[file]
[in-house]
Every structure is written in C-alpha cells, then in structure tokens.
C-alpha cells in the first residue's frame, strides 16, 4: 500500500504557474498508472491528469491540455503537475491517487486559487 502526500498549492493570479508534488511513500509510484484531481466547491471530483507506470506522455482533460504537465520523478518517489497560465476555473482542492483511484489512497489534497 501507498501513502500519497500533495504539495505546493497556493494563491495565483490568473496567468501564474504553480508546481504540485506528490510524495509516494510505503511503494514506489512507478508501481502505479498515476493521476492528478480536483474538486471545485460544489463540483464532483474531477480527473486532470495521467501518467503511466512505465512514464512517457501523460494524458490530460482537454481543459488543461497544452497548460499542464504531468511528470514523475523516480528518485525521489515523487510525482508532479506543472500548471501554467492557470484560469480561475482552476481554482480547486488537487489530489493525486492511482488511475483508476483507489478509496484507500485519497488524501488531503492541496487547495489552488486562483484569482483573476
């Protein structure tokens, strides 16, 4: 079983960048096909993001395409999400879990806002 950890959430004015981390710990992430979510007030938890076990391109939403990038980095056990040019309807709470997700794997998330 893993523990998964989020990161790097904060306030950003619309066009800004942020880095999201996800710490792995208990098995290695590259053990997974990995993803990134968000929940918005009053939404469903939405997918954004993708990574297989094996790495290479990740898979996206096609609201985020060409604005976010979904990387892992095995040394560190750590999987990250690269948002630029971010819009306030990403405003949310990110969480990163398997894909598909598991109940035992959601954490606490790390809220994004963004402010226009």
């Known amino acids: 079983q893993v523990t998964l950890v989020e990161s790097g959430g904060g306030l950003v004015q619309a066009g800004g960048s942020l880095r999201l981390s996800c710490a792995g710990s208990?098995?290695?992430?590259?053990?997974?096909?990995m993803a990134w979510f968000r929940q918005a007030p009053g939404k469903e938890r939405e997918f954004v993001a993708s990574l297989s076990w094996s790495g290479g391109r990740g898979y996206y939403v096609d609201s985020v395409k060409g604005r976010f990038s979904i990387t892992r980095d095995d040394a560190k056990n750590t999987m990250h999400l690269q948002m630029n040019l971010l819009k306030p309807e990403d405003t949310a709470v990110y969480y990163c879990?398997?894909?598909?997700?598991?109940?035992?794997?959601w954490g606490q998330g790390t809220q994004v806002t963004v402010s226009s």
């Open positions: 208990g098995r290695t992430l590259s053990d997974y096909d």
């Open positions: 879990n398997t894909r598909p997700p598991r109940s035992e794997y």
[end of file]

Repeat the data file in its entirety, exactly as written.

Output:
[in-house]
Every structure is written in C-alpha cells, then in structure tokens.
C-alpha cells in the first residue's frame, strides 16, 4: 500500500504557474498508472491528469491540455503537475491517487486559487 502526500498549492493570479508534488511513500509510484484531481466547491471530483507506470506522455482533460504537465520523478518517489497560465476555473482542492483511484489512497489534497 501507498501513502500519497500533495504539495505546493497556493494563491495565483490568473496567468501564474504553480508546481504540485506528490510524495509516494510505503511503494514506489512507478508501481502505479498515476493521476492528478480536483474538486471545485460544489463540483464532483474531477480527473486532470495521467501518467503511466512505465512514464512517457501523460494524458490530460482537454481543459488543461497544452497548460499542464504531468511528470514523475523516480528518485525521489515523487510525482508532479506543472500548471501554467492557470484560469480561475482552476481554482480547486488537487489530489493525486492511482488511475483508476483507489478509496484507500485519497488524501488531503492541496487547495489552488486562483484569482483573476
């Protein structure tokens, strides 16, 4: 079983960048096909993001395409999400879990806002 950890959430004015981390710990992430979510007030938890076990391109939403990038980095056990040019309807709470997700794997998330 893993523990998964989020990161790097904060306030950003619309066009800004942020880095999201996800710490792995208990098995290695590259053990997974990995993803990134968000929940918005009053939404469903939405997918954004993708990574297989094996790495290479990740898979996206096609609201985020060409604005976010979904990387892992095995040394560190750590999987990250690269948002630029971010819009306030990403405003949310990110969480990163398997894909598909598991109940035992959601954490606490790390809220994004963004402010226009």
């Known amino acids: 079983q893993v523990t998964l950890v989020e990161s790097g959430g904060g306030l950003v004015q619309a066009g800004g960048s942020l880095r999201l981390s996800c710490a792995g710990s208990?098995?290695?992430?590259?053990?997974?096909?990995m993803a990134w979510f968000r929940q918005a007030p009053g939404k469903e938890r939405e997918f954004v993001a993708s990574l297989s076990w094996s790495g290479g391109r990740g898979y996206y939403v096609d609201s985020v395409k060409g604005r976010f990038s979904i990387t892992r980095d095995d040394a560190k056990n750590t999987m990250h999400l690269q948002m630029n040019l971010l819009k306030p309807e990403d405003t949310a709470v990110y969480y990163c879990?398997?894909?598909?997700?598991?109940?035992?794997?959601w954490g606490q998330g790390t809220q994004v806002t963004v402010s226009s």
């Open positions: 208990g098995r290695t992430l590259s053990d997974y096909d």
């Open positions: 879990n398997t894909r598909p997700p598991r109940s035992e794997y």